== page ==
Benjamin Netanyahu dismisses calls to resign | News | DW | 14.02.2018
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Benjamin Netanyahu dismisses calls to resign

Netanyahu has said the allegations against him "don't hold water." The Likud party has backed the prime minister, who is accused of receiving $300,000 in gifts from billionaire friends.

Benjamin Netanyahu, prime minister of Israel (picture-alliance/AP Photo/R. Zvulun)

Benjamin Netanyahu has served as prime minister of Israel for nearly 12 years

Israeli Prime Minister Benjamin Netanyahu responded on Wednesday to allegations of corruption leveled against him by the Israeli police, labeling them "biased and extreme."

The veteran prime minister rejected calls for his resignation.

"I will continue to lead Israel responsibly and faithfully for as long as you, the citizens of Israel, choose me to lead you. I am certain that the truth will be revealed" he said in a televised event, shortly after the police announcement was made.

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Netanyahu: "This time too, they'll come to nothing"

Police investigators released their recommendation for an indictment on Tuesday, alleging that Netanyahu had accepted nearly $300,000 in gifts from two billionaire friends and that, in exchange, the prime minister had helped them with visa matters, tax breaks and business connections.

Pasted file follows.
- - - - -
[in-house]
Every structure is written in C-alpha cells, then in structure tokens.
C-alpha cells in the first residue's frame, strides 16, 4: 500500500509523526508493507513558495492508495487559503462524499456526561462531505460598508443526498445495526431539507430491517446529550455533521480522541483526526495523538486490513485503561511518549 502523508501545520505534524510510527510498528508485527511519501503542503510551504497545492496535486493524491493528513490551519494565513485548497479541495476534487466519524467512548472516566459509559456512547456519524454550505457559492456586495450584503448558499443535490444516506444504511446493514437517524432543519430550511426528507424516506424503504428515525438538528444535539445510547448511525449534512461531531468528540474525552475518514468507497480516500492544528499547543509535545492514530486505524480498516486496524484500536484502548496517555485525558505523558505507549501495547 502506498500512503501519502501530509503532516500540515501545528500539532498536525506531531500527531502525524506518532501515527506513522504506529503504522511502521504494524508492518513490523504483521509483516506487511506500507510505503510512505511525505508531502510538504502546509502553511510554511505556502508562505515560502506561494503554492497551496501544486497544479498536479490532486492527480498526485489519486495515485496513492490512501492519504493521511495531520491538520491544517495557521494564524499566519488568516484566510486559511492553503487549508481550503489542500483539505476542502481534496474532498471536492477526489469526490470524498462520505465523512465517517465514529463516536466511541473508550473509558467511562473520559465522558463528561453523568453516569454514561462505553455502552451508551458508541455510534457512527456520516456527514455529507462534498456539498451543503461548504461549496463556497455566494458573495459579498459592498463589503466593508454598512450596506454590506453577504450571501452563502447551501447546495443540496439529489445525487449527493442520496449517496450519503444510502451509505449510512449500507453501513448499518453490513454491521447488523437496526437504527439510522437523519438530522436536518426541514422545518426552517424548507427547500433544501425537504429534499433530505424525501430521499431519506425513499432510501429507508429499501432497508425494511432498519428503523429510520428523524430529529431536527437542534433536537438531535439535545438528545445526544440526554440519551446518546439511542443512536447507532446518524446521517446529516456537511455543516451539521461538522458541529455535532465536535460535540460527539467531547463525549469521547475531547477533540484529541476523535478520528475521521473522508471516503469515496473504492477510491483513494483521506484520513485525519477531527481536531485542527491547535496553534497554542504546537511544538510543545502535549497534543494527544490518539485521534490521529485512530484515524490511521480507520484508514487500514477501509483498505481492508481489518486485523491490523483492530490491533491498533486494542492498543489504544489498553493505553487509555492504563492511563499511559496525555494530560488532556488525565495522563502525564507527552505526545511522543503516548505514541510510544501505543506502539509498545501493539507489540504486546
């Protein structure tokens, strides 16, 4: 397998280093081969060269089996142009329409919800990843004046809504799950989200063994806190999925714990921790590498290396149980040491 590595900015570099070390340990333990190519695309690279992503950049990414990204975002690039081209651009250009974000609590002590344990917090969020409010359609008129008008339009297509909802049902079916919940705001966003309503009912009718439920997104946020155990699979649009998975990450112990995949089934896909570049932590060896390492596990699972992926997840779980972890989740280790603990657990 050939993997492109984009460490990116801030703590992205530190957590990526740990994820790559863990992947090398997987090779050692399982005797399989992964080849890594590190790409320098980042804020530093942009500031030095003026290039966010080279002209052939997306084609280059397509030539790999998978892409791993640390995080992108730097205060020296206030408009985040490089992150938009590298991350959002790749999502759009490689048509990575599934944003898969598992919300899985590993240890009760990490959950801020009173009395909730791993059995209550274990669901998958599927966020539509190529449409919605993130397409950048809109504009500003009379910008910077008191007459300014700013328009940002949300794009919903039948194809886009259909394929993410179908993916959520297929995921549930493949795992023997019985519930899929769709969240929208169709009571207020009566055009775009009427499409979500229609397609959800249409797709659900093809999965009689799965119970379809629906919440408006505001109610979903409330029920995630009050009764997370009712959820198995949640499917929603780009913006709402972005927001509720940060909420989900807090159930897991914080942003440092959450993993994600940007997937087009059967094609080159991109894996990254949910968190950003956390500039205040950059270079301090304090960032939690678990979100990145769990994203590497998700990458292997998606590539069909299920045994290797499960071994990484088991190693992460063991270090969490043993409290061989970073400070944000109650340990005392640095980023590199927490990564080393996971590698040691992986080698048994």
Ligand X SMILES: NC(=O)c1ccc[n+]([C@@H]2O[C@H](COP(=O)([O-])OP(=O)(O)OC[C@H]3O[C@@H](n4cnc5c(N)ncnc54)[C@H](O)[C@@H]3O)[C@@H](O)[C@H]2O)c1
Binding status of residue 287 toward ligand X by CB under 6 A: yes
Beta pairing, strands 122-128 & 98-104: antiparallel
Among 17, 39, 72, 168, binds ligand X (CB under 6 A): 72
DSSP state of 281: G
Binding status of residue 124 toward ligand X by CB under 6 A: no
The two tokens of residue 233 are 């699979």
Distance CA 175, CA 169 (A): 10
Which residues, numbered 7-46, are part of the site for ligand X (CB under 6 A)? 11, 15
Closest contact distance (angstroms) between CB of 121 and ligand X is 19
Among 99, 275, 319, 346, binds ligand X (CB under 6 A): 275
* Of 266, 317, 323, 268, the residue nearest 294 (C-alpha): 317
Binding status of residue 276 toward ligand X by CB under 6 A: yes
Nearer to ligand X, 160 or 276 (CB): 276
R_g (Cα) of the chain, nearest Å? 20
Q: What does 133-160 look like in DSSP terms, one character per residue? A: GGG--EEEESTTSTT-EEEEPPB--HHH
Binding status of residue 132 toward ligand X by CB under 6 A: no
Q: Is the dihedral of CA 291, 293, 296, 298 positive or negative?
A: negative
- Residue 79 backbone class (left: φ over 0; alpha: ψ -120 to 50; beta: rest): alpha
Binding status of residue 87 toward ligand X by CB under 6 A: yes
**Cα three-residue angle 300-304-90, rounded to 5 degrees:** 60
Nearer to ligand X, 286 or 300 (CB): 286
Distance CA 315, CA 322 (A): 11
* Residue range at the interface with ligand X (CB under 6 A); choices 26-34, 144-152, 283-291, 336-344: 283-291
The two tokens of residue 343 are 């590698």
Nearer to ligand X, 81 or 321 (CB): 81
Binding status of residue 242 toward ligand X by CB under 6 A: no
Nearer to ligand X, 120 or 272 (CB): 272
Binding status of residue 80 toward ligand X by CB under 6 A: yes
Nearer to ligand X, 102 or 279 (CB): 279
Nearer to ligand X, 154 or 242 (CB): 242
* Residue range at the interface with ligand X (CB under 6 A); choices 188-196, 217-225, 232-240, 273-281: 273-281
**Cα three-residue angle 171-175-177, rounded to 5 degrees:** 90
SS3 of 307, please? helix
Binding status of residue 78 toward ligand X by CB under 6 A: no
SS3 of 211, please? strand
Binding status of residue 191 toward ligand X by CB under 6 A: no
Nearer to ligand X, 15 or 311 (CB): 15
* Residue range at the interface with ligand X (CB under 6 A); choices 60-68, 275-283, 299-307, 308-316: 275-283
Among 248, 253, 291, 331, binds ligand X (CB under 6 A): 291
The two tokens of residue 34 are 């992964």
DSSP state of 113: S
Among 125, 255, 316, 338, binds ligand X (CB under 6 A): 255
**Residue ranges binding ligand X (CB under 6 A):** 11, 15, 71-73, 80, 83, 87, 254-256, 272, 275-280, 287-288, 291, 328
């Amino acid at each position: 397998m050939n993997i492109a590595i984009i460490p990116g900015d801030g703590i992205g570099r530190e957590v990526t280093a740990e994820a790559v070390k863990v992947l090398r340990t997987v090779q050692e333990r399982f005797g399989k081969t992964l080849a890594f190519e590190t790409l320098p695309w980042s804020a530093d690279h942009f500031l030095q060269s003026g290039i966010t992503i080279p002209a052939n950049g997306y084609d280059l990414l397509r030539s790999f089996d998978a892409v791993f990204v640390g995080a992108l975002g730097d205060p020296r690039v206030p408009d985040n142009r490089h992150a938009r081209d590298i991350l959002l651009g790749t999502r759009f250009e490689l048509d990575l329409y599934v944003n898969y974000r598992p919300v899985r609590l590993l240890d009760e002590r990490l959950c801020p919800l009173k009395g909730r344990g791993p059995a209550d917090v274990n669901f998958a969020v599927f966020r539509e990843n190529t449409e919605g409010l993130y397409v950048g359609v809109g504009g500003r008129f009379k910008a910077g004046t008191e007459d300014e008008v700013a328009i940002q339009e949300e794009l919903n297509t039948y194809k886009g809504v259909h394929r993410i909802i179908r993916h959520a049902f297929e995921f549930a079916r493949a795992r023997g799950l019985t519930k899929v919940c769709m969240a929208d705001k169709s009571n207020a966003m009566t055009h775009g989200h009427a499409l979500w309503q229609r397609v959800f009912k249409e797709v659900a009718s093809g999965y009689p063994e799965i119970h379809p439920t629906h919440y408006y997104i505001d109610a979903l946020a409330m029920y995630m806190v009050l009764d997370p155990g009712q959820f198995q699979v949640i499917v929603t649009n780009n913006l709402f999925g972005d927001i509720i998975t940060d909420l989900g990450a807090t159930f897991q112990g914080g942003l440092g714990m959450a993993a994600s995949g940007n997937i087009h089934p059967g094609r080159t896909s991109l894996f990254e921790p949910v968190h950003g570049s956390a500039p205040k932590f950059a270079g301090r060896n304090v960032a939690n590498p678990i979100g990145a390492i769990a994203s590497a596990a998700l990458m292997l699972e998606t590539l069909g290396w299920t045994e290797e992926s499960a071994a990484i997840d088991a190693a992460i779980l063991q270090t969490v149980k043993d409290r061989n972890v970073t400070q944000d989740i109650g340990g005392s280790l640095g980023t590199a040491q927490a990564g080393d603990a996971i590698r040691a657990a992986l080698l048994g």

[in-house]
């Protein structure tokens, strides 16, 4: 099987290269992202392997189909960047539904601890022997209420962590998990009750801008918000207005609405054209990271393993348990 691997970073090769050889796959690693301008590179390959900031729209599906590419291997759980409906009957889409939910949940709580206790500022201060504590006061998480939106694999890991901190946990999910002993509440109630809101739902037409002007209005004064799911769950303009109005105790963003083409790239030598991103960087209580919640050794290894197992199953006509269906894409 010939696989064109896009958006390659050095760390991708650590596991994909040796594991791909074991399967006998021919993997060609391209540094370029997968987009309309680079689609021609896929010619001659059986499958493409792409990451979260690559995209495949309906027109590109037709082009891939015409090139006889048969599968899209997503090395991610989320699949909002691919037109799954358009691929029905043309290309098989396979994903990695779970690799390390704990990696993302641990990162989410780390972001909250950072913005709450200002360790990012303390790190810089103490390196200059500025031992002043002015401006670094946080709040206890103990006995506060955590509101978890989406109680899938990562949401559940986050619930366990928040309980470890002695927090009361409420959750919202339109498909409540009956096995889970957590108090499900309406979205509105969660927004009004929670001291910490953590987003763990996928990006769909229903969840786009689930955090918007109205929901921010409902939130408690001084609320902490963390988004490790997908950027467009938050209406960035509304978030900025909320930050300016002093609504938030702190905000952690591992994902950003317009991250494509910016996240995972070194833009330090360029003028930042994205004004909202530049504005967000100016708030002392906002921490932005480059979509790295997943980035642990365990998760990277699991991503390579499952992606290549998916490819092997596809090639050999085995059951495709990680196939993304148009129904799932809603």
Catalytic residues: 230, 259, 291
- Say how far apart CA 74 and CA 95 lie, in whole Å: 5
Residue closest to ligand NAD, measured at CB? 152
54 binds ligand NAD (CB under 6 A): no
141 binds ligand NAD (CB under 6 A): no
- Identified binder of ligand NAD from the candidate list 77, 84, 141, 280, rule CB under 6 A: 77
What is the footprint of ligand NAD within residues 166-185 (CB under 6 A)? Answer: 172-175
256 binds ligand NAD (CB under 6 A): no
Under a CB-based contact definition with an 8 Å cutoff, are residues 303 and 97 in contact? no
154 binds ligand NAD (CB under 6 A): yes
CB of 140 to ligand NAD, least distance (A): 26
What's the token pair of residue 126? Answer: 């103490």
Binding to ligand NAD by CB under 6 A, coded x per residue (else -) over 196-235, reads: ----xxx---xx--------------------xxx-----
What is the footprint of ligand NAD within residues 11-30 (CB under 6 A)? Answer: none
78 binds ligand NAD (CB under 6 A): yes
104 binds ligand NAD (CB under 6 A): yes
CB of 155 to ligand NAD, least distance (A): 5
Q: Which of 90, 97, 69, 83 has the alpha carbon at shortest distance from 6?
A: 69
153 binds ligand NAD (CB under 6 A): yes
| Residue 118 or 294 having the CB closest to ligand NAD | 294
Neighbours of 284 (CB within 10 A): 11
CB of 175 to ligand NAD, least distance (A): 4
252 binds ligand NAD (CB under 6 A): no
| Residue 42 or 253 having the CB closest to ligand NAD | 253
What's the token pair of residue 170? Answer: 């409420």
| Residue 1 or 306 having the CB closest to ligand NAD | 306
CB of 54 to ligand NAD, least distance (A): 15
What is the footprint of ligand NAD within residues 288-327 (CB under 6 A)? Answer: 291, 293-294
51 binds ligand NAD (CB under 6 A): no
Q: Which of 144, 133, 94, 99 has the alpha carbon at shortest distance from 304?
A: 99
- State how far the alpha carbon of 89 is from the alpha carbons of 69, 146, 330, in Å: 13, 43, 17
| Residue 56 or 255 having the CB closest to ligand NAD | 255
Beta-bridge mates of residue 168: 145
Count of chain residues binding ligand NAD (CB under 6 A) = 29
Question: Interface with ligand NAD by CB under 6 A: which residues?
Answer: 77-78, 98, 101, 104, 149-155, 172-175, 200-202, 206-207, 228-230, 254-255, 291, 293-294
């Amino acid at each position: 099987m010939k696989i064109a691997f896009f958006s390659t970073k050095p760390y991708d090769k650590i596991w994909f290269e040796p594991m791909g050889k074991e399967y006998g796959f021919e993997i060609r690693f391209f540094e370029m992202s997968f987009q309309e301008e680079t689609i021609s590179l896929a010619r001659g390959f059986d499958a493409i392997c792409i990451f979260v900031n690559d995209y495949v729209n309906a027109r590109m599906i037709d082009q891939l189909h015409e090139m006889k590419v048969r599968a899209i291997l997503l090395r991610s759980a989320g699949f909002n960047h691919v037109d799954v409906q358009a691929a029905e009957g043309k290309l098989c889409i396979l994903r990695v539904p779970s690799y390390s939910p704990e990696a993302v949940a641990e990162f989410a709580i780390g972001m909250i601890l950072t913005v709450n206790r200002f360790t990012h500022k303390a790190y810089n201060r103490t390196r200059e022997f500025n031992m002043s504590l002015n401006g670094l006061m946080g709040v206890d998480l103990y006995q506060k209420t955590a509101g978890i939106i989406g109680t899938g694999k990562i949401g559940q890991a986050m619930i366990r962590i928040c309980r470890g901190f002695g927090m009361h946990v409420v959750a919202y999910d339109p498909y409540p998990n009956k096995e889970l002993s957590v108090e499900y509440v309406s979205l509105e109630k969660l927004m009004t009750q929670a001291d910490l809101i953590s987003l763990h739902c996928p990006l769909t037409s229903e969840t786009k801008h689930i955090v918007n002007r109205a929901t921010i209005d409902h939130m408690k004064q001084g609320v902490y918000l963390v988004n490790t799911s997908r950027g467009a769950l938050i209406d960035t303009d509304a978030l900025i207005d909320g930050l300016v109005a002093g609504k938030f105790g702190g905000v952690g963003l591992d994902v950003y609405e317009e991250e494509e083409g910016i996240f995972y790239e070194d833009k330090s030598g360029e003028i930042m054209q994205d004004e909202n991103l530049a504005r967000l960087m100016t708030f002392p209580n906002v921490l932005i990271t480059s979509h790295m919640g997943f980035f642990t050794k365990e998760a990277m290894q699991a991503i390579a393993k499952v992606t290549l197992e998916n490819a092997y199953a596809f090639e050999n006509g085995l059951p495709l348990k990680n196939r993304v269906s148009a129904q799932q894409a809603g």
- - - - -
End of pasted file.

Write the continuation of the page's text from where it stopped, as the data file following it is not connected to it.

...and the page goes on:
Netanyahu dismissed the notion that there were grounds for him to step down or call on voters to reaffirm their support for him: "I want to reassure you, the coalition is stable. No one, not I, not anyone else, has plans to go to an election. We will continue to work with you for the good of Israel's citizens until the end of the term."

Read more: Under pressure over corruption, Israel's Netanyahu calls for change to police bill

Likud party stands by Netanyahu

Netanyahu's Likud supporters rallied to the prime minister's defense. David Amsalem, the Likud coalition whip, said on Wednesday that Israeli police had committed "an illegitimate act here to attempt a coup d'etat in Israel."

Culture Minister Miri Regev explained that the gifts Netanyahu received did not reflect a corruption offense but merely "relations between friends." In an interview with Israeli Radio, she reminded listeners that Netanyahu was not obligated to resign.

"You're allowed to receive presents from friends. To talk about bribery, you've got to point to something that was really done, not just words," she added.

Opposition demands Netanyahu's resignation

Israeli opposition politicians, on the other hand, renewed calls for Netanyahu to resign in the wake of the police recommendation.

Read more: Israelis protest corruption in Netanyahu's government for fourth week

Labor Party leader Avi Gabbay urged Netanyahu's coalition party allies to choose between supporting the prime minister and upholding the rule of law, declaring that "the Netanyahu era is over."

"It is the duty of every decent public figure to strengthen the police and the law and to act to end the path of the government headed by Netanyahu," Gabbay wrote on Twitter.

The attorney general's office will have to decide whether to press formal charges against the prime minister. The process could take weeks or months.

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Police recommend corruption charges against Netanyahu

jcg/sms (Reuters, AP, AFP)

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